Experts Discuss Pro Bono Representation in the Supreme Court

February 13, 2012 —

Pro bono representation in the Supreme Court for those who can’t afford it is obviously a good thing — and to a client facing a death sentence or deportation, an experienced lawyer familiar with the workings of the Court would be the obvious choice.

But is it always in the client’s best interest to have a “specialist” take over a case at the Supreme Court level? What about the lawyer who’s had the case from the beginning and would like nothing more than to argue it before the nine justices?

Those were some of the questions raised at “Pro Bono Litigation in the United States Supreme Court: The Role of Supreme Court Specialists and Public Interest Organizations” on February 10. Sponsored by Georgetown Law’s Supreme Court Institute and moderated by Executive Director Irv Gornstein, the event offered the perspectives of nine experts who collectively have been involved with hundreds of matters before the Court.

“All other things being equal … it is much better to be represented by a highly skilled lawyer who has great experience in dealing with the Supreme Court,” said Visiting Professor Seth Waxman, the former U.S. solicitor general who has himself argued more than 60 cases before the Court. While some first timers are “just phenomenal” at oral argument and “unbelievably well prepared,” many are not, he noted.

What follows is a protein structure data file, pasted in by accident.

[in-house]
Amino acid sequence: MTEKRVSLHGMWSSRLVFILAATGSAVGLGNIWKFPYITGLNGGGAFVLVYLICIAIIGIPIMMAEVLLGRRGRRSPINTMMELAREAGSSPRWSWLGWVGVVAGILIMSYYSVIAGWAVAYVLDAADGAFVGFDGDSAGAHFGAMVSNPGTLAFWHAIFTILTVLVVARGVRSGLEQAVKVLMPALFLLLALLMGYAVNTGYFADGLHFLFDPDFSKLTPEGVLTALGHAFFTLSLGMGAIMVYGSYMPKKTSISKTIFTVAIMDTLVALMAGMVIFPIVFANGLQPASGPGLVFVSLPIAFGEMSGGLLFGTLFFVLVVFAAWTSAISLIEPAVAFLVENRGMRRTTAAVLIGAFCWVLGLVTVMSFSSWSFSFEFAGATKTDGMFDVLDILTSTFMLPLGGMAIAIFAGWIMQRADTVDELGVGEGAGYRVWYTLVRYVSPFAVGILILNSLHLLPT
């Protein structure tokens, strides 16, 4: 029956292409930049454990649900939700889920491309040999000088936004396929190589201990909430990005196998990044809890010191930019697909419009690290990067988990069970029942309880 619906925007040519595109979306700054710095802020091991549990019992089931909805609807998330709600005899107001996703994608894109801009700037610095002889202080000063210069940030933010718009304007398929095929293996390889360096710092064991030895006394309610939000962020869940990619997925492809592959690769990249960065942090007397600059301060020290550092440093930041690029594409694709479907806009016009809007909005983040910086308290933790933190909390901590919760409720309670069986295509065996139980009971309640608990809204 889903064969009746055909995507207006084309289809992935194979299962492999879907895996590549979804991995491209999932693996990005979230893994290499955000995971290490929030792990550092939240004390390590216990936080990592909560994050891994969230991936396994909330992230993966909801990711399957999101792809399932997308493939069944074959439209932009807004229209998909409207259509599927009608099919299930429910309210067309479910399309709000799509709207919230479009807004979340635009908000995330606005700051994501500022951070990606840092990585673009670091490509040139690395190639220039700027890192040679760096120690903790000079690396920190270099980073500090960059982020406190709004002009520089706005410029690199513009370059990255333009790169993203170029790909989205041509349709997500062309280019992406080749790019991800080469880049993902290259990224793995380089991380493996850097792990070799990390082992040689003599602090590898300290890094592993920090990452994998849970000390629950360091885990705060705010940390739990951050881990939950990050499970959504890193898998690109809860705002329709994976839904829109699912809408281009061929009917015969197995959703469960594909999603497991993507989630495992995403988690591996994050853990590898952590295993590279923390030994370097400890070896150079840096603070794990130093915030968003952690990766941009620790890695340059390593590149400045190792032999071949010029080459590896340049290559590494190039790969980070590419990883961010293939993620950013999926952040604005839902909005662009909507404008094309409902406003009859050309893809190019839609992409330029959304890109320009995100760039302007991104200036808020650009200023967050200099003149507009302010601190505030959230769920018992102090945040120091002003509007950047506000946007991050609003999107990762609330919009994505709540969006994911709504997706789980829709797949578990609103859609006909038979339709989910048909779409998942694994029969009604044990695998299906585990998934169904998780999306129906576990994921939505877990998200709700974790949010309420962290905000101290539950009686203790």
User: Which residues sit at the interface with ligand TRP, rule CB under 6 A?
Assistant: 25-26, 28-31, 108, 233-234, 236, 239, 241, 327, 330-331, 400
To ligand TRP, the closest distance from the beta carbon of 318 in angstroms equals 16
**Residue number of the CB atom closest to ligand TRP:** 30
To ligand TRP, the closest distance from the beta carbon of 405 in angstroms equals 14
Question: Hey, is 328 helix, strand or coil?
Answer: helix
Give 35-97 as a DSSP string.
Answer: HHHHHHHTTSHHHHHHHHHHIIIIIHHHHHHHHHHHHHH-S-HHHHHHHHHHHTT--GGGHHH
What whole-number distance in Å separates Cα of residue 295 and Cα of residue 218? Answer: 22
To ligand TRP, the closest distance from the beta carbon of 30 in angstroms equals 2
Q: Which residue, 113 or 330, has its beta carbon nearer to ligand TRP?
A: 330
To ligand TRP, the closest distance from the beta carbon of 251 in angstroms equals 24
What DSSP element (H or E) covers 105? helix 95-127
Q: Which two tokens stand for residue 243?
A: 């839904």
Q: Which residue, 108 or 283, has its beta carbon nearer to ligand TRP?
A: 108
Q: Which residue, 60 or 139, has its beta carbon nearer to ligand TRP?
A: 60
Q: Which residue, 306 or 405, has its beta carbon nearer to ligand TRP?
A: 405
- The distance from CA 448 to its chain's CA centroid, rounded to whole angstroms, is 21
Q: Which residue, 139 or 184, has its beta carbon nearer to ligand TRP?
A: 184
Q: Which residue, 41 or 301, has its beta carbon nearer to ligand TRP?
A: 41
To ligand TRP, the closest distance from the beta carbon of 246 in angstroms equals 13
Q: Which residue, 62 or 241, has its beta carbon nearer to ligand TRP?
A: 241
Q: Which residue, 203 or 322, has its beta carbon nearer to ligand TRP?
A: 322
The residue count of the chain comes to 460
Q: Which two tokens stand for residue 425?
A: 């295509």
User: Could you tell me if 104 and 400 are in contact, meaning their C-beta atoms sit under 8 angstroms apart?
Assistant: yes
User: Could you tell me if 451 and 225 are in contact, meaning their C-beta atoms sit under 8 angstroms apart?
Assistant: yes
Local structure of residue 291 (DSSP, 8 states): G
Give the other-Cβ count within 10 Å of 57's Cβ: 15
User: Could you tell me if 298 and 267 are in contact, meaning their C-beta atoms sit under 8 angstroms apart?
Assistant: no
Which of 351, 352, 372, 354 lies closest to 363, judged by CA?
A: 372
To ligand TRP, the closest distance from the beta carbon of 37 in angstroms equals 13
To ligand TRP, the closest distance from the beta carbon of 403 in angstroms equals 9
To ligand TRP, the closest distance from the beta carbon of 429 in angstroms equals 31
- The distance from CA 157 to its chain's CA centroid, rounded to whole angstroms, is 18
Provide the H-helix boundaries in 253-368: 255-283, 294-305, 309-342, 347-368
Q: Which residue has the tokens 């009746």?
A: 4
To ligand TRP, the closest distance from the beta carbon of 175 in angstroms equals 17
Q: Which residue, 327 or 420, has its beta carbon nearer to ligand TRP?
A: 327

Law school Supreme Court clinic directors and scholars at the event included Cornell’s John H. Blume, Stanford’s Jeffrey L. Fisher, Yale’s Lucas Guttentag, New York University’s Nancy Morawetz, and University of Missouri-Kansas City’s Sean O’Brien. The ACLU’s Steven R. Shapiro, Public Citizen’s Allison Zieve and Sidley Austin’s Jeffrey T. Green also served on the panel.

The experts looked at those rare cases where a win in the Supreme Court produces a loss for the client — the clients in U.S. v. Booker were “absolutely smashed by [the] sentencing judges” on remand, Green said — as well as cases where a Supreme Court “first-timer” was indeed the best lawyer to argue the case.

“He did an incredible job … and it was his one and only court argument ever,” said O’Brien, speaking of University of New Mexico Professor Jim Ellis, whose 2002 win in Atkins v. Virginia now prohibits the execution of persons with mental retardation. “He had never even been to traffic court.”

-- Ann W. Parks